Aled: Okay. All right. So, I’m wondering if you’re watching the interview now and you think this is an area that you’d like more to be developed further, just let me know in a comment below. Because I know from my perspective, certainly when I started out, I struggled with this Phil. I can remember spending more time making sure that my templates for mediation agreements were refined. Making sure that my C.V. was updated. Doing all the things. I’m sort of referring a little bit back to the interview we did earlier.

And not really thinking about and also, being so desperate for work, I would do anything. And I did and, okay, I put bread on the table and it was a priority, it was a requirement. But it was a distraction as well, because I didn’t specialise early enough. And I’ve got round to specialising now. I’ll give you one example.

One aspect of my consultancy is I do executive coaching. Not a great deal, it’s a proportion of my revenue. But I would be invited to these panel interviews to big FTSE 50 companies to be one of their panel of executive coaches that would coach senior execs. I used to dread these things. Because most of the people that we’re also interviewing, they were former M.D.’s of organisations. They were in their later years. And I thought ‘What could I bring to the table that’s going to make me stand out’?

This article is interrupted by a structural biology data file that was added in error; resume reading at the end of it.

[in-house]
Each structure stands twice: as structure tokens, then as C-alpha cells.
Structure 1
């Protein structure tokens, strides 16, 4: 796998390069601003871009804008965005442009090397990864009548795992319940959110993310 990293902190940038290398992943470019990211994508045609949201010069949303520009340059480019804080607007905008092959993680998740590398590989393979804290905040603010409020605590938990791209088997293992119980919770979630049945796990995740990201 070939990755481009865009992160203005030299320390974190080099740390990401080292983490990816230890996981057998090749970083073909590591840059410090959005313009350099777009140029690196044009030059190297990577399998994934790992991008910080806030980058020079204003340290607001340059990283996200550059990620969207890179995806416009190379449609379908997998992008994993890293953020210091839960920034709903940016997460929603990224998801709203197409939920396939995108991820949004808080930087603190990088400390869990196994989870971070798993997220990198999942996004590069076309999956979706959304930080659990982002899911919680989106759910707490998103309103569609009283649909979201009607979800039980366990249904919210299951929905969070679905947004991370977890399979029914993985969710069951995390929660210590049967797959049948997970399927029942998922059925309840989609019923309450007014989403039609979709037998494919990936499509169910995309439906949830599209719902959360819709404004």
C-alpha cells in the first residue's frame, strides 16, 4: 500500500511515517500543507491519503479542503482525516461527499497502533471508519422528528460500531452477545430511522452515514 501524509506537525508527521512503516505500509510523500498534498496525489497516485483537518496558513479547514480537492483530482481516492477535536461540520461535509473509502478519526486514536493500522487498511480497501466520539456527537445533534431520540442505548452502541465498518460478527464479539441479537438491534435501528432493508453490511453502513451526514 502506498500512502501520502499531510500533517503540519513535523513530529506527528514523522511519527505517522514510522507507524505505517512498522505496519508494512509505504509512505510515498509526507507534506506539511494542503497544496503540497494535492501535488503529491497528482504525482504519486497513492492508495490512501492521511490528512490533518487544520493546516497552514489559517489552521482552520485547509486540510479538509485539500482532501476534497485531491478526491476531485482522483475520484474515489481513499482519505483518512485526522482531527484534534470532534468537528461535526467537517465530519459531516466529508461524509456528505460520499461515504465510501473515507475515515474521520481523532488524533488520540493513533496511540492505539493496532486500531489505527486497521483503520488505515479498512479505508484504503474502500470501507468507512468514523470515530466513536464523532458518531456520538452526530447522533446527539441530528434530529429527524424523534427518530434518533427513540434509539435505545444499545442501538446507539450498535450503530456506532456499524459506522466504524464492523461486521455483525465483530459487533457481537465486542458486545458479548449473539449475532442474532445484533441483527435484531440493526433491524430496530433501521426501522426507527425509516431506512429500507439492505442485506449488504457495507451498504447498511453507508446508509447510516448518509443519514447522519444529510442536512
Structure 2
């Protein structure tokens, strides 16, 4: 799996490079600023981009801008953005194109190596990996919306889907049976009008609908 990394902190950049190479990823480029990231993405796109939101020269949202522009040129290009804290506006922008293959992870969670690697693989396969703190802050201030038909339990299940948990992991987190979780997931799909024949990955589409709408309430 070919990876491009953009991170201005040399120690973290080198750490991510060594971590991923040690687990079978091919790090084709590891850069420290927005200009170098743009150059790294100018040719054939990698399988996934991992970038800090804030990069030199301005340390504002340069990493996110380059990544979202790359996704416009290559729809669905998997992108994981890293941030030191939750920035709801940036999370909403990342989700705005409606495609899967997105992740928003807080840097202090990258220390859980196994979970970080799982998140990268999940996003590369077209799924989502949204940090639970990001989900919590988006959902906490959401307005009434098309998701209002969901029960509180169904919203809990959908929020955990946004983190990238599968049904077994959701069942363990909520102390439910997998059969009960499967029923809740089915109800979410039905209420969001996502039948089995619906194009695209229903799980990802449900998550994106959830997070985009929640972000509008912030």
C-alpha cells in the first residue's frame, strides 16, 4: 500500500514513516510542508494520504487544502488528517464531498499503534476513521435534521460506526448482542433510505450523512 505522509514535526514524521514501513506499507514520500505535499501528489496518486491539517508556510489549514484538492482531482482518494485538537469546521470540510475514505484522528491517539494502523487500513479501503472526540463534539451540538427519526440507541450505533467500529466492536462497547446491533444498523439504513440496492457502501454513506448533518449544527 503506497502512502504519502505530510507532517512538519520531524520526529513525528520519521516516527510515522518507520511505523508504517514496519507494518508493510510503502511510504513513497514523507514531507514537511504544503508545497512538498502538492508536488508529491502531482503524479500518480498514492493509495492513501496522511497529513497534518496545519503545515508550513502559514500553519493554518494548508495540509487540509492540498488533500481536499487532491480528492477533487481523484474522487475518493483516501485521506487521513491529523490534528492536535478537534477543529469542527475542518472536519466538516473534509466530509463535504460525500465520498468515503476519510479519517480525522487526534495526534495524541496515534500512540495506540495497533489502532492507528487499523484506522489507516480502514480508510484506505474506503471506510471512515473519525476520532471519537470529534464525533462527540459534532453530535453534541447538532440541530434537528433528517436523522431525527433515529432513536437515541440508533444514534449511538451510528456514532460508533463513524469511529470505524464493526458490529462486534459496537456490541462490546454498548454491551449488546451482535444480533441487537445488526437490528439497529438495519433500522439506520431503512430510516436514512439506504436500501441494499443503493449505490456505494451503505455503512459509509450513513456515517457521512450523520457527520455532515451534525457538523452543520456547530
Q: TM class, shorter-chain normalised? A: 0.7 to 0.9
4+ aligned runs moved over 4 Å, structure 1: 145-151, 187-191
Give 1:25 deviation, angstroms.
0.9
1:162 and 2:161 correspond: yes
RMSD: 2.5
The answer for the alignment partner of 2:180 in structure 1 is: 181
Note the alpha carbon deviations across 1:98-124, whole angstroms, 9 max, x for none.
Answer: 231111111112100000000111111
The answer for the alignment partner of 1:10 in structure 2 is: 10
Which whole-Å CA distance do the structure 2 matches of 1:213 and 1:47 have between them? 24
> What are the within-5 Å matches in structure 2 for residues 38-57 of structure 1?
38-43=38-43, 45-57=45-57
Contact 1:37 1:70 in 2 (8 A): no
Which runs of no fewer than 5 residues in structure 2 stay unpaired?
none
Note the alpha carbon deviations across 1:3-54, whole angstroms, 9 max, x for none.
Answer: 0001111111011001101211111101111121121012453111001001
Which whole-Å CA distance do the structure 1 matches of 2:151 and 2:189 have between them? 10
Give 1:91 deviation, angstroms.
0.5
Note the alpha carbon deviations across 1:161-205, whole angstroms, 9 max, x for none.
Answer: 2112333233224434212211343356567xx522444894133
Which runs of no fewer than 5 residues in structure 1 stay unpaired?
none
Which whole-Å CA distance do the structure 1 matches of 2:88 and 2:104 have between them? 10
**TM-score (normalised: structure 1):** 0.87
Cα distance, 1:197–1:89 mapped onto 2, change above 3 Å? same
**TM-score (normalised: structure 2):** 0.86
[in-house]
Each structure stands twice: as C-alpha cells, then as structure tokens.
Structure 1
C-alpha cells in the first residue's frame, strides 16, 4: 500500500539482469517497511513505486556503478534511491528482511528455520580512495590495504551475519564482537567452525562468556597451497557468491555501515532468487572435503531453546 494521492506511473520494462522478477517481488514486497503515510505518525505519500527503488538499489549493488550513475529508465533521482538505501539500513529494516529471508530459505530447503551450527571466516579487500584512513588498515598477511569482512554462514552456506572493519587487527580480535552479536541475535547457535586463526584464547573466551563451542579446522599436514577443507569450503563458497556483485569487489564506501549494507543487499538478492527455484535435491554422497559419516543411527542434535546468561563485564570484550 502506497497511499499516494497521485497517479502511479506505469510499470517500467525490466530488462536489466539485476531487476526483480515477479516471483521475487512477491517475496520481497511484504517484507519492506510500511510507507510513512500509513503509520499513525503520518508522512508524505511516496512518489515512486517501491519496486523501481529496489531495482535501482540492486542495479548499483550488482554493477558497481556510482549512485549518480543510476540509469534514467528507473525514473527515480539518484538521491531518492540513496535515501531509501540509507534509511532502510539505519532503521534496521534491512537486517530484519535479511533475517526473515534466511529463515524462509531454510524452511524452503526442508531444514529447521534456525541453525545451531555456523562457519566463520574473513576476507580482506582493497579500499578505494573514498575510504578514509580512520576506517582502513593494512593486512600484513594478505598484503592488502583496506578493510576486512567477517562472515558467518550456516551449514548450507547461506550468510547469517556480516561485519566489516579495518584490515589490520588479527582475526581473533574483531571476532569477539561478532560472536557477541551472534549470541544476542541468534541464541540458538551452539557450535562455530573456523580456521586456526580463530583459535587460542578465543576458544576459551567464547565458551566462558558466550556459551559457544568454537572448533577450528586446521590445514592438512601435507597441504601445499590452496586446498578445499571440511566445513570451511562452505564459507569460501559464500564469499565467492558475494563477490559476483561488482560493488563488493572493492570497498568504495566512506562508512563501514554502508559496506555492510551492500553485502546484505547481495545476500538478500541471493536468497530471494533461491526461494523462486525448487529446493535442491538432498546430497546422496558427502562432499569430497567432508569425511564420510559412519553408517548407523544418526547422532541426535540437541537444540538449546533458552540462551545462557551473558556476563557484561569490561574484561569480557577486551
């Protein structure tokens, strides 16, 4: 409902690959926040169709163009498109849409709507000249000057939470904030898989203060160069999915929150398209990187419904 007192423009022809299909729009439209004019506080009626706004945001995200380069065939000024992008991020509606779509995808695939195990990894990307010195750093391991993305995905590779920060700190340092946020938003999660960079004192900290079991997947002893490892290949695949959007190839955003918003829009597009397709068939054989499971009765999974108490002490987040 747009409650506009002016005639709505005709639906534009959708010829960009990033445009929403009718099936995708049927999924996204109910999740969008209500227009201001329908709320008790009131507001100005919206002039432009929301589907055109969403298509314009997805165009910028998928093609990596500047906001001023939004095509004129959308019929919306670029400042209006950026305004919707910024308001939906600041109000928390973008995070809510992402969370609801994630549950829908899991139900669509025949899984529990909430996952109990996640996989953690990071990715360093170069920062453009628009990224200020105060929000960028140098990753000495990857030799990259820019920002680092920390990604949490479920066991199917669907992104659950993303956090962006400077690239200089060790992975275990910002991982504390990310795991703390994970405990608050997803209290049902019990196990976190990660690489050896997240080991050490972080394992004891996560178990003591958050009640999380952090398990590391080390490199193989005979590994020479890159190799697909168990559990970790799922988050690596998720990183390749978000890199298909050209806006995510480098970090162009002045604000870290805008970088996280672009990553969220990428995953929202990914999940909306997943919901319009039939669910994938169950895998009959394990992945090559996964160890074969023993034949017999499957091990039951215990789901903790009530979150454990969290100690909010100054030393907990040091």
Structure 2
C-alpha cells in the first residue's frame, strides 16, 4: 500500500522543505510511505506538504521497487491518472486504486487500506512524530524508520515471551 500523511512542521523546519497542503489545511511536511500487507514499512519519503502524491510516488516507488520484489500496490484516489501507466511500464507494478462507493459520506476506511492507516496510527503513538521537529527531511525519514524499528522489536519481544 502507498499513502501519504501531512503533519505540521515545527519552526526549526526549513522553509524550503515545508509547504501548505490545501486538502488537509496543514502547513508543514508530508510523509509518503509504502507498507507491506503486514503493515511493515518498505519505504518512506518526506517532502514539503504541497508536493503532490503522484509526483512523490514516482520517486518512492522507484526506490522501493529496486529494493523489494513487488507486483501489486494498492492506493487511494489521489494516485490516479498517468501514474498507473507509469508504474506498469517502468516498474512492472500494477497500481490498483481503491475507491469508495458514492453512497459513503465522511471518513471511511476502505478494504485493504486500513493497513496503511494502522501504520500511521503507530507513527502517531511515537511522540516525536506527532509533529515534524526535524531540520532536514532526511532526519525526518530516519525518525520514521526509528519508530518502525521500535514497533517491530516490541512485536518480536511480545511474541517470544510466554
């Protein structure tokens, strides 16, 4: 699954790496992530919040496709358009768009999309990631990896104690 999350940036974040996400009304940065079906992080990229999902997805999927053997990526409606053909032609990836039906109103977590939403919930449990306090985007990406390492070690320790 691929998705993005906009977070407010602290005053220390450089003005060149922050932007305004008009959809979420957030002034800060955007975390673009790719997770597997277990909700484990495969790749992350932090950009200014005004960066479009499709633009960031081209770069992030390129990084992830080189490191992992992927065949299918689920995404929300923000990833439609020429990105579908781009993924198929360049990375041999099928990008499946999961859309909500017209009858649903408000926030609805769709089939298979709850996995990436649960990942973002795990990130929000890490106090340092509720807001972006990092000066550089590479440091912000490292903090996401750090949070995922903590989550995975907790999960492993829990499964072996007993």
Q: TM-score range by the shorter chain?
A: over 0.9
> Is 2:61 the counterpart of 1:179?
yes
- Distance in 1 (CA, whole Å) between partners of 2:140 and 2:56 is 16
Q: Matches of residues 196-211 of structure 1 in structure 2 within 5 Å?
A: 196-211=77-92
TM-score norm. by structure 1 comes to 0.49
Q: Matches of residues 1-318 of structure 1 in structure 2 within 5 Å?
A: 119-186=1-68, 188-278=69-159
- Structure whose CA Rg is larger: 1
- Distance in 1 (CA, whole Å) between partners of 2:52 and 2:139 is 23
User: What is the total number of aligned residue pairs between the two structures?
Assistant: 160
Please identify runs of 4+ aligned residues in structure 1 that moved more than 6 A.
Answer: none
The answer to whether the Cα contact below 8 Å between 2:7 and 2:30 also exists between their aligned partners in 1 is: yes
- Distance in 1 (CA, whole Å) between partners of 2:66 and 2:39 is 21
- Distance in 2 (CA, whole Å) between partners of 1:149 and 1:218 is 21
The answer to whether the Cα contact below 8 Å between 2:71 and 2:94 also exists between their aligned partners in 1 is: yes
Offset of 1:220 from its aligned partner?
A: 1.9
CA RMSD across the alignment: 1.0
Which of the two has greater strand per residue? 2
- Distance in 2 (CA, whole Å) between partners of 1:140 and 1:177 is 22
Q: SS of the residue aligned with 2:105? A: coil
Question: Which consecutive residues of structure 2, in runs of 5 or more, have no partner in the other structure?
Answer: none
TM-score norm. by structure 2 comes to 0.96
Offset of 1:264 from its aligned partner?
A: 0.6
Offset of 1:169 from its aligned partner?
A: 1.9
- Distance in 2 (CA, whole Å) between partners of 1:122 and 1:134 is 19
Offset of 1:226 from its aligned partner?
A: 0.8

And eventually, I decided. When I cottoned on to I needed to focus in on a niche. And I knew it was, but I just didn’t do the things that I knew were good for me. I went to one panel interview with a big company, I won’t say who it is. And at the interview, they said ‘So, tell me. Tell me a little bit about your coaching. What sort of work do you do? Is it leadership, strategy’? I said ‘I don’t do any leadership, I don’t do any strategy.’ I can’t remember, they gave me a list of things. ‘All I do is conflict. If you’ve got a conflict in your organization between people, that’s what I do. Don’t ask me to do anything else. I won’t do it. That’s not my area.’ And the reaction I got was very interesting. It was ‘I’ve never heard of that before. Tell me more.’ So, I could give a couple of examples of where I’d worked and the assignments that I’d done and the outcomes that I’d reached. And they said ‘We’ve never had anyone.’ And it was really interesting.

I started getting on these panels. And what was also really interesting was the assignments that I was getting weren’t necessarily conflict-related. They had to do with leadership and they had to do with strategy. But because I stood out in people’s minds, they remembered me. And they thought ‘No, actually, I really connected with this guy.’ Because I had an opportunity to talk about my passion, they got more of me. I was less preoccupied by how I came across. And that was a big lesson for me to be really transparent. To have a little bit of courage in those conversations to say ‘You know what? I’m not interested. Here’s what I’m interested in. Why? Because this where I think, this is my groove. This is where I’m at my best, this is where I can add the most value.’